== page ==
Ten bests, five worsts, part II

Two more distinguished colleagues weigh in on the year's best and worst:


It's been an exceptionally Godardian year, even if my favorite release of the year is a 40-year-old JLG romance requiem not enough critics saw, and which absolutely no one but me considered a viable 2009 list-maker in any case. I walk away stuffed and satisfied (even though I did not see Haneke's "The White Ribbon" in time), thanks largely in part to a handful of obsessive global filmmakers, Quentin Tarantino, and the persistent idea that commercial animation can be interesting, metaphorically loaded and uniquely textured, and not just a cash-hungry showbiz monstrosity. And, a toast to Jean-Luc, without whom we wouldn't be having quite this conversation.

1. "Made in U.S.A." (Jean-Luc Godard, France, 1966) Godard's "Waste Land," a restless, allusive, enigmatic jaunt about modern emptiness that is also, not incidentally, an expression of real if philosophical grief for the Godard-Karina symbiosis. It is, of course, one of the 15 essential rockets Godard launched that made the ‘60s his and his alone, and discovering it this year in the U.S.A., where it was finally released, was either a privilege for you or you don't care about movies. Not counting it as a 2009 release, by the way, means allowing the vagaries of distribution, money, lawyering and greed dictate your idea of cinemania for you.

2. "The Headless Woman" (Lucretia Martel, Argentina) Ultra-realism framed like a bad dream of amnesia and regret. Off-screen space becomes a terrifying second movie you can almost see, but fear.

3. "Inglourious Basterds" (Quentin Tarantino, US) My sigh-heavy case made for this beloved screamer, here. (

4. "I'm Gonna Explode" (Geraldo Naranjo, Mexico) Goosebumps. A modern, real-teen remake, kinda, of Pierrot le Fou, done with panache, precise wit, a glorious lack of pretension, and a hot love for ballistic youth so genuine it could singe your eyebrows.

5. "Hunger" (Steve McQueen, Ireland) A subject potentially vulnerable to cheap piety gets a double-barrel load of filmmaking wisdom - you never know how the film's physical ordeals are going to come at you, as elliptical shrapnel or as blockbuster bombs. The best debut of the year.

6. "The Baader Meinhof Complex" (Uli Edel, Germany) White-man terrorism and recent Euro-history, as sexy, runaway-train, rock n' roll action film. How could anyone resist this movie, or neglect the head-shaking case it makes for fightin' the power? Am I a sucker for insurrectionism, or what?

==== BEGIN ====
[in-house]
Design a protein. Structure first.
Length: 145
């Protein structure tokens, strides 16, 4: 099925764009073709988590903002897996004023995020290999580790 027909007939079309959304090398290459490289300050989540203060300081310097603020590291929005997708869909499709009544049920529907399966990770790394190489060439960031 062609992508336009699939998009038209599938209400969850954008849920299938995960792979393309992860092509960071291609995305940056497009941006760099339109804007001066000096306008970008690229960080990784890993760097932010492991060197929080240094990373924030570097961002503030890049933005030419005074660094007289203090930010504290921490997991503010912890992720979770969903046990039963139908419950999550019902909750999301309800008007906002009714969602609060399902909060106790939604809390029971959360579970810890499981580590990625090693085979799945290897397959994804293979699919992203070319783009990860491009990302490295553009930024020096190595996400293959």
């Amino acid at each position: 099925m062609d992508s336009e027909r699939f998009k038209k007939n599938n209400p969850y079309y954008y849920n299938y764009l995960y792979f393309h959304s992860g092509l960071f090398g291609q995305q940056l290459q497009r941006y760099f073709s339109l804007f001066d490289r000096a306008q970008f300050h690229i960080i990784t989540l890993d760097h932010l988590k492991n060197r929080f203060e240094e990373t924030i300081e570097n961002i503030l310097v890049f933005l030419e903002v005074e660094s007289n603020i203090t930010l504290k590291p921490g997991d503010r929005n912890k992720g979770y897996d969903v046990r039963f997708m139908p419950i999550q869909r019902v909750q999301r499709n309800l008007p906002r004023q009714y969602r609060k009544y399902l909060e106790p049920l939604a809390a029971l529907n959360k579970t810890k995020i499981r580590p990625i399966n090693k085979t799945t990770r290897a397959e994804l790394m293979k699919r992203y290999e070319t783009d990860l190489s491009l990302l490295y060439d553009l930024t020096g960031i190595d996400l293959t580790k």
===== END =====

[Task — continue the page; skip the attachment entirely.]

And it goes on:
7. "Up" (Pete Doctor, US) Pixar's most inspired movie, and the saddest nine-figure Hollywood behemoth ever.

8. "Night and Day" (Hong Sang-soo, Korea) Like a Rohmer with a Godard in his pants, Hong returns again to his New Wavey triangulated-romance template, but now in Paris, and with his usual tank full of potentially combustible lies, narcissism and lonesomeness.

9. "You, the Living" (Roy Andersson, Sweden) Andersson's achingly distanced style goes sad-funny instead of apocalyptic, and there wasn't a more hypnotizing use of long takes anywhere else this year.

10. "Three Monkeys" (Nuri Bilge Ceylan, Turkey). Noir in structure but Ceylanian in its secrets and high-pressure silence.

Runners-up, in order: "Paradise" (Michael Almereyda, US), "Bronson" (Nicolas Winding Refn, UK), "The Sun" (Alexander Sokurov, Russia), "(500) Days of Summer" (Marc Webb, US), "Cargo 200" (Alexei Balabanov, Russia), "Up in the Air" (Jason Reitman, US), "Fantastic Mr. Fox" (Wes Anderson, US), "Thirst" (Park Chan-wook, Korea), "Still Walking" (Hirokazu Kore-eda, Japan), "Julia" (Erick Zonca, US), "Cloudy with a Chance of Meatballs" (Phil Lord/Chris Miller, US), "District 9" (Neill Blomkamp, New Zealand/South Africa), "Anvil! The Story of Anvil" (Sacha Gervasi, US), "24 City" (Jia Zhangke, China)


 Top ten:

10. Watchmen -Star Trek and District 9 could have been here, but Watchmen has a dark visual signature akin to Ridley Scott's Blade Runner.

 9.  Inglourious Basterds - Tarantino cooks up an indulgent WWII western and it sticks.

 8.  Bad Lieutenant: Port of Call New Orleans -- not a sequel to Abel Ferrara's Bad Lieutenant so much as a re-envisioning that is whacky and surprising in its own right.

 7.  Summer Hours - a somber, profound contemplation about a family going in different directions.

 6.  Anvil! The Story of Anvil -docu about heavy metal hanger ons has teeth and wit.

 5.  Of All the Things - 70's songwriter, Dennis Lambert's resurrection tour of the Philippines is bittersweet and moving.

 4.  Broken Embraces -  Pedro Almodóvar turns his camera onto the psyche of the filmmaker.

 3. La Danse - Frederick Wiseman's portrait of the Paris Opera Ballet engrosses with every frame. 


 2. Up In the Air - Jason Reitman skewers those who do the firing for a living, but it's Clooney's cast mates, Vera Farmiga and Anna Kendrick that make it take off.

 1. Hurt Locker - the best film about the Iraq War, by far. Great performances and masterfully directed.

The Bottom 5

1.I Hope They Serve Beer in Hell - Tucker Max, your 15 minutes of shame are up.

2.Transformers 2 -  brass balls on a ‘bot? The series has jumped the shark.

3.Year One - is there an expiration date on Jack Black?

4.Friday the 13th -a tiring and pointless remake.

5.Sorority Row -  serial bore, even with the pillow fight.

More to come!

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